And here Simon is a young kiddo who would just, you know, literally die if anyone found out that he were gay. Also realised in that last paragraph Nick Robinson were also the hearthrob in Everything, Everything. It’s weird to see which young stars actually pop. He’s talented, and I guess the softer, boy next door look is in right now. Like, back five years ago everyone had to be ripped, ain’t to say that bodies are getting more diverse by no means, but I wouldn’ta picked this guy out from Jurassic World, or maybe it’s just cos everything in that film is real bad.
I mean, a huge part of me is like give queer roles to queer actors, I mean come on, it’s not hard. Ezra Miller is great and never got the chance to be leading man cutie. At least he’s the first gay superhero we get on the big screen so his irrepressible energy is being directed somewhere. It’s just that this role never existed seven years ago, he got to be Kevin instead. Though, to be fair, fucking win for the big man.
But whatever, it’s a chill heartfelt romance about the most relatable side of them straight passing gays. It ain’t made for the queerest audiences, it’s not loud or declamatory in the way that we imagine most queer cinema to be. It slots nicely into that established John Green but on film aesthetic that has dominated YA cinema for the past five years. I think it’s actually coming to the end of its run, something about the improbable production designs of the leads’ bedrooms. The growing anonymity of the needledrop soundtrack, although it’s preferable to the film bizarrely misplaced synth score.
These characters walk and talk and live like we’ve come to expect and it’s on its way out. Look at the recent performances of Timothée Chalamet, Lucas Hedges and the slightly less huge, though amazingly talented, Alex Lawther. They’re painting a future for the style of teen characters that we’re going to be seeing, vulnerable and revelatory. The kids here all gotta be clouded up with a thick layers of ironic detachment.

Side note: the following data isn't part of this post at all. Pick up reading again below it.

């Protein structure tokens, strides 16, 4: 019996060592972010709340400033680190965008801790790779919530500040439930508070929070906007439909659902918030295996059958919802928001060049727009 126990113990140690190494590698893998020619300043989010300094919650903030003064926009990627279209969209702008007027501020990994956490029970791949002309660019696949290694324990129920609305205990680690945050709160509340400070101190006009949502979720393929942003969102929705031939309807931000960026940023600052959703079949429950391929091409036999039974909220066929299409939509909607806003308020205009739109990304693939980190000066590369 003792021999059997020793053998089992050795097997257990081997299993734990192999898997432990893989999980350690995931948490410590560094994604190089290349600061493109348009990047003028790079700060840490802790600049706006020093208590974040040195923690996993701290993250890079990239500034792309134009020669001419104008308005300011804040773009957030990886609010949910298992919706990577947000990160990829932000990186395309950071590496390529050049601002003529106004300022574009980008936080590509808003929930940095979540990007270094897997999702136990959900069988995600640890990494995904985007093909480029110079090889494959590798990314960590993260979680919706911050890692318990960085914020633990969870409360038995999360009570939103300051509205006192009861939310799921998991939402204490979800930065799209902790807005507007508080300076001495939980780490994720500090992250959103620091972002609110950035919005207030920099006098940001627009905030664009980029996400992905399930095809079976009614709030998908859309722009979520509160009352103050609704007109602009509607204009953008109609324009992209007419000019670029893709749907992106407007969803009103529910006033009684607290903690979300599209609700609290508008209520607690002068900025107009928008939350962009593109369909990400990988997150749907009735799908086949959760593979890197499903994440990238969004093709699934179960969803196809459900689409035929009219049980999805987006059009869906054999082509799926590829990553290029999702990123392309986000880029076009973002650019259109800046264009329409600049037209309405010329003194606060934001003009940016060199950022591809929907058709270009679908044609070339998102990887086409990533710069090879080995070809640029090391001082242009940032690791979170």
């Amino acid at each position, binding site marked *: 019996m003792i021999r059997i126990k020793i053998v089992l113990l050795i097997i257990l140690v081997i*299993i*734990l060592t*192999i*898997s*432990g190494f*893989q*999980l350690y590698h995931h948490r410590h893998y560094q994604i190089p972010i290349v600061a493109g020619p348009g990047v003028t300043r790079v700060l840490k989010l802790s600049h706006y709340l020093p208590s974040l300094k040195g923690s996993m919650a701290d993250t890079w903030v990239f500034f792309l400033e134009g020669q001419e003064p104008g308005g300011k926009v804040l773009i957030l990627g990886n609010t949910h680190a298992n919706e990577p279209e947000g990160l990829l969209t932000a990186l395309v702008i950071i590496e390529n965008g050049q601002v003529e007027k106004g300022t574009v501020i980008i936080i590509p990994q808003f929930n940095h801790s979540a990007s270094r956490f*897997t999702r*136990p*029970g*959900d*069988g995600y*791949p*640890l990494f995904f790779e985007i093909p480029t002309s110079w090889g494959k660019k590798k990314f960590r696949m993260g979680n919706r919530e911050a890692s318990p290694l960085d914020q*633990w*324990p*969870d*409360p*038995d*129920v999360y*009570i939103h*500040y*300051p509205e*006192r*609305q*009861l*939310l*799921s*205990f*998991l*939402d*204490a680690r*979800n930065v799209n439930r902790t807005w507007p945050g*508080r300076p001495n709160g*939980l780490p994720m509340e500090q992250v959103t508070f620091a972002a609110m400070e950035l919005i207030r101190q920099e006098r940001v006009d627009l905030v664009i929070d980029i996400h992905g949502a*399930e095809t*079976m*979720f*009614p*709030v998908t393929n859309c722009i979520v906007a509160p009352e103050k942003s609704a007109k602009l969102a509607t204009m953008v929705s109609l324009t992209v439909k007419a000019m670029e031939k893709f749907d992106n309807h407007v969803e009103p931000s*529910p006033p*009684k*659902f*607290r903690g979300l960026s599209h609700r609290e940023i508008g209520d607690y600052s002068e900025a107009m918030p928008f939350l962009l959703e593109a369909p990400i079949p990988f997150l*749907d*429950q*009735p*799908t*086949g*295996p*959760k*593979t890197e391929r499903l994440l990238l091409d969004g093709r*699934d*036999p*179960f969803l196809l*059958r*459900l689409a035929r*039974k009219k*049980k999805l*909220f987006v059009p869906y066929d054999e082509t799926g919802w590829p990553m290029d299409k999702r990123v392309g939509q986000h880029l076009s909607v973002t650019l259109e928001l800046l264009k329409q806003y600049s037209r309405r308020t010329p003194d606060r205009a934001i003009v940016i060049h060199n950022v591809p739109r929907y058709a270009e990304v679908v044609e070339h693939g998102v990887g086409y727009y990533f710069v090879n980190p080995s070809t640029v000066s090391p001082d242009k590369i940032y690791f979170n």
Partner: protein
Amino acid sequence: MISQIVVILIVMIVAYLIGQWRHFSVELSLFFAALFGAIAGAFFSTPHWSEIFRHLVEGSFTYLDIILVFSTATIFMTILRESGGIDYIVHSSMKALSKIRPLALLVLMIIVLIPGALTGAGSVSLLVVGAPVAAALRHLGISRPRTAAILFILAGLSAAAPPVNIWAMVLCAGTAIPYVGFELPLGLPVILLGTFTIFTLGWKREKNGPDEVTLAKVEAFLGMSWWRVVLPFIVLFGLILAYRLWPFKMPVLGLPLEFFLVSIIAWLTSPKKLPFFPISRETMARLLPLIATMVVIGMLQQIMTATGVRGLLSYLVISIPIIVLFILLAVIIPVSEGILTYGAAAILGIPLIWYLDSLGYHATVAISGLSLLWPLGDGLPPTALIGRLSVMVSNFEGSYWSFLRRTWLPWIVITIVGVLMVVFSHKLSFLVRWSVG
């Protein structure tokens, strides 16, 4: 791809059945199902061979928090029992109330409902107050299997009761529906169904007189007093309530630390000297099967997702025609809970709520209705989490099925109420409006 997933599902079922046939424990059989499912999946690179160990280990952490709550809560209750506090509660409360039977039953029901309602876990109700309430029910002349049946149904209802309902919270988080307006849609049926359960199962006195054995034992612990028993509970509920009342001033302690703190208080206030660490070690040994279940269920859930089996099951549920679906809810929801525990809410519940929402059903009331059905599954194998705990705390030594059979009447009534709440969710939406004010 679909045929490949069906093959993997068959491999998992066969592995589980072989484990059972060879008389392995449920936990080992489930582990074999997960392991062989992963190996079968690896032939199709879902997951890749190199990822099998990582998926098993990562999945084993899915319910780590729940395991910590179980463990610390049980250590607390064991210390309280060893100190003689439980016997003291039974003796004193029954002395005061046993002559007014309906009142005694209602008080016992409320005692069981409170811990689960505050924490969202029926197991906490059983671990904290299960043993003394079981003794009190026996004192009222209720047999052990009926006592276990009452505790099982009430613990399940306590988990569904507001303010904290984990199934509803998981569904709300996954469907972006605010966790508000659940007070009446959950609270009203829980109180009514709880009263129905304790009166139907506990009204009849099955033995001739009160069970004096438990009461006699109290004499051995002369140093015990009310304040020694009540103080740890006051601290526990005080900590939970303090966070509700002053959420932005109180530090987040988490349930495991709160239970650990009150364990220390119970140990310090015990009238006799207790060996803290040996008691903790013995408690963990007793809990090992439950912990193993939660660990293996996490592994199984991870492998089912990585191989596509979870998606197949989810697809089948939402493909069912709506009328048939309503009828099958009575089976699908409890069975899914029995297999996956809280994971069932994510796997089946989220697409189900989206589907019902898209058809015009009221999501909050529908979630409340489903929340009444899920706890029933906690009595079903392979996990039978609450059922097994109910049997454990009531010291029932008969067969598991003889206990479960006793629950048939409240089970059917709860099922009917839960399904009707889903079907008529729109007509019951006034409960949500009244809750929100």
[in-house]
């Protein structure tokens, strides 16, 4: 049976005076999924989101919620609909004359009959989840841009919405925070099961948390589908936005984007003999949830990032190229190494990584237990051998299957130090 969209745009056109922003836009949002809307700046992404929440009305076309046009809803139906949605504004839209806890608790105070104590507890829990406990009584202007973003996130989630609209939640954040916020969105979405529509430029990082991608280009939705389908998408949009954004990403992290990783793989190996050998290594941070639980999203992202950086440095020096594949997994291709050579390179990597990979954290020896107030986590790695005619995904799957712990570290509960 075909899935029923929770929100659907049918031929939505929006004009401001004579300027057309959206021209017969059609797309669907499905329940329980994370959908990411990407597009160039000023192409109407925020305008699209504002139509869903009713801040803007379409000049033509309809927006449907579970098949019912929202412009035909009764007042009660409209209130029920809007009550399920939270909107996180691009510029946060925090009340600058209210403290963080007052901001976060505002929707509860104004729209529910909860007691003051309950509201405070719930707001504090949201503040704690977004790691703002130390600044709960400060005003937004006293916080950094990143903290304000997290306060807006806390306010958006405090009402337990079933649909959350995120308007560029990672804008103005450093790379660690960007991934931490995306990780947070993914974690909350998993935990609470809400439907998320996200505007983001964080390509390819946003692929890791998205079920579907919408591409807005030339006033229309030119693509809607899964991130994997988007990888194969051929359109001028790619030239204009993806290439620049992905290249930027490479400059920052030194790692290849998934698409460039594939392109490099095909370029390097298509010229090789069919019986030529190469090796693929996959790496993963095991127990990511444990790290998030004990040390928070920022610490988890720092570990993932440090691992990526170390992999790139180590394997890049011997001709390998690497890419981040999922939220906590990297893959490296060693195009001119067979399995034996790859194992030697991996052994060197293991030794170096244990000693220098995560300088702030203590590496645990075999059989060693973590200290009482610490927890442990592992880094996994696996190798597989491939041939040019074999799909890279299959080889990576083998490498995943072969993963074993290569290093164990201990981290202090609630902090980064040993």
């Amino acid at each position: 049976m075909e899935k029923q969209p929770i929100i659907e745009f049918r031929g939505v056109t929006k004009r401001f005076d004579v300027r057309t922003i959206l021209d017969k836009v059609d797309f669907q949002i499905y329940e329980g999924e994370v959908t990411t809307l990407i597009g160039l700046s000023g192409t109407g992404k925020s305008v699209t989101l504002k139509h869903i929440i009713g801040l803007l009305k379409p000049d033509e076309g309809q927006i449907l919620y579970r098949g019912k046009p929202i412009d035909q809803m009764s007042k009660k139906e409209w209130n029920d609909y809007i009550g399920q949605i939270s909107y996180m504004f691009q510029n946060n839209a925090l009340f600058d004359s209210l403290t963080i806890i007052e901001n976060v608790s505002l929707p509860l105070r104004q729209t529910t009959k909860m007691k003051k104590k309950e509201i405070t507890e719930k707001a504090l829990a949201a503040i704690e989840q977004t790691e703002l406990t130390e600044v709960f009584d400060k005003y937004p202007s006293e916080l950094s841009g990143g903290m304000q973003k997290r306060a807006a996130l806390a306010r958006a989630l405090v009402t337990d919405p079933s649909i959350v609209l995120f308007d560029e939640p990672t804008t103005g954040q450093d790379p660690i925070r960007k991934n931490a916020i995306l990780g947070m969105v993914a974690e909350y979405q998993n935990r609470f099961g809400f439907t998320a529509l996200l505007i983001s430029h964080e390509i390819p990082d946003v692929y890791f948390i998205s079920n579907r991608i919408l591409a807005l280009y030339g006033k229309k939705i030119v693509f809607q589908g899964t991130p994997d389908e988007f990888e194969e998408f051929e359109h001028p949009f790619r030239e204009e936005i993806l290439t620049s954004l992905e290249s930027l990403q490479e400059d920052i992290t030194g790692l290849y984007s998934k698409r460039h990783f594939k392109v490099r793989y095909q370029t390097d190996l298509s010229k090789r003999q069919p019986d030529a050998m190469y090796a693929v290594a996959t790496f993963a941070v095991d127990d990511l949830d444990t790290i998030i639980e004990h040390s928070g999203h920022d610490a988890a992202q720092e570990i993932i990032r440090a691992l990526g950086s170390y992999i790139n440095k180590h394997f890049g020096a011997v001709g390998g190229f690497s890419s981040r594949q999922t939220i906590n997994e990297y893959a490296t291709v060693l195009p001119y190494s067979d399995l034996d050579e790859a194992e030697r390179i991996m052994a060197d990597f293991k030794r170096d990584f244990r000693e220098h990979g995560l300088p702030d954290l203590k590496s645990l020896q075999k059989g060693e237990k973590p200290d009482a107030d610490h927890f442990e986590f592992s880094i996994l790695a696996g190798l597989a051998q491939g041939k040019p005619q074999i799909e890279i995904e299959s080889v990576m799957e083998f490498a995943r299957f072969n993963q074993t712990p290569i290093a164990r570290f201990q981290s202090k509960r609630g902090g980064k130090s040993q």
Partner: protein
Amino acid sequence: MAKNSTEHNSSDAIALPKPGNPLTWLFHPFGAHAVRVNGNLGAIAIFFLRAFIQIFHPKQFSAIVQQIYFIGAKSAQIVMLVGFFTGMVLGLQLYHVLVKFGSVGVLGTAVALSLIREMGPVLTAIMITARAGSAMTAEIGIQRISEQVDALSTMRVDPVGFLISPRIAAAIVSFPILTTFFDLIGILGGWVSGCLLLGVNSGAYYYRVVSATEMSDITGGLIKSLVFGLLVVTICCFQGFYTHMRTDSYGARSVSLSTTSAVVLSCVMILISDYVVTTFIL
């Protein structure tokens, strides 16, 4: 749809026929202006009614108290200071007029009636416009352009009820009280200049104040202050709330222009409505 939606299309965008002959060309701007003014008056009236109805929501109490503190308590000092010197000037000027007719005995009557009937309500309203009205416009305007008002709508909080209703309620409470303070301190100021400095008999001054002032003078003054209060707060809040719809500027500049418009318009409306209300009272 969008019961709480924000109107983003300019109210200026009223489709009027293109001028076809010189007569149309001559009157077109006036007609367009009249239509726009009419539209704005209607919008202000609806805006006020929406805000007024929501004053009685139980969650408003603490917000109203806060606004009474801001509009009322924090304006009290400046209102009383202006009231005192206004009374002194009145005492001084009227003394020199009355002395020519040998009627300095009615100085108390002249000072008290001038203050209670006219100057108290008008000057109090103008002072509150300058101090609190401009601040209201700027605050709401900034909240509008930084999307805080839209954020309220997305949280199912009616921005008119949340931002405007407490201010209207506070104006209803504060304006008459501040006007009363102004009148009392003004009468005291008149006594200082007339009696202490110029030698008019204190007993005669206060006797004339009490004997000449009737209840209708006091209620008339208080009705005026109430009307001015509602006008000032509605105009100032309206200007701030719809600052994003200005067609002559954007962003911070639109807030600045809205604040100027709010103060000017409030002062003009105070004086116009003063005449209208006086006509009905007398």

Not to say that the supporting cast ain’t great; Katherine Langford, Alexandra Shipp and Jorge Lendeborg Jr. all put in dope turns, you can just feel like they all paying into the feel of the thing. It just means much of the emotional clarity falls onto the adult actors, Jennifer Garner and Josh Duhamel as the parents get like one scene each and mostly nail the weird awkward steps towards being cool about the whole gay thing. Natasha Rothwell (of UCB and SNL and HBO’s Insecure) is amazing as a comic relief drama teacher who I suppose must exist in this sorta flick but manages to super own the part.
It’s only when the unrestrained emotion of the adult actors is reflected back to the by the children that the internal world of the piece feels whole. But we’ve all been some pretentious kid at some point, it those moments it feels real. All credit to screenwriters Isaac Aptaker & Elizabeth Berger and director Greg Berlanti for allowing so many of those moments to go not fully resolved. There’s always gonna be some unresolved tension there, and I admire their commitment to living in it.
It’s a solid work, and it’s using an established form to try and express something new before it fades away. Sure, I’m down.
Love, Simon is currently screening in UK cinemas.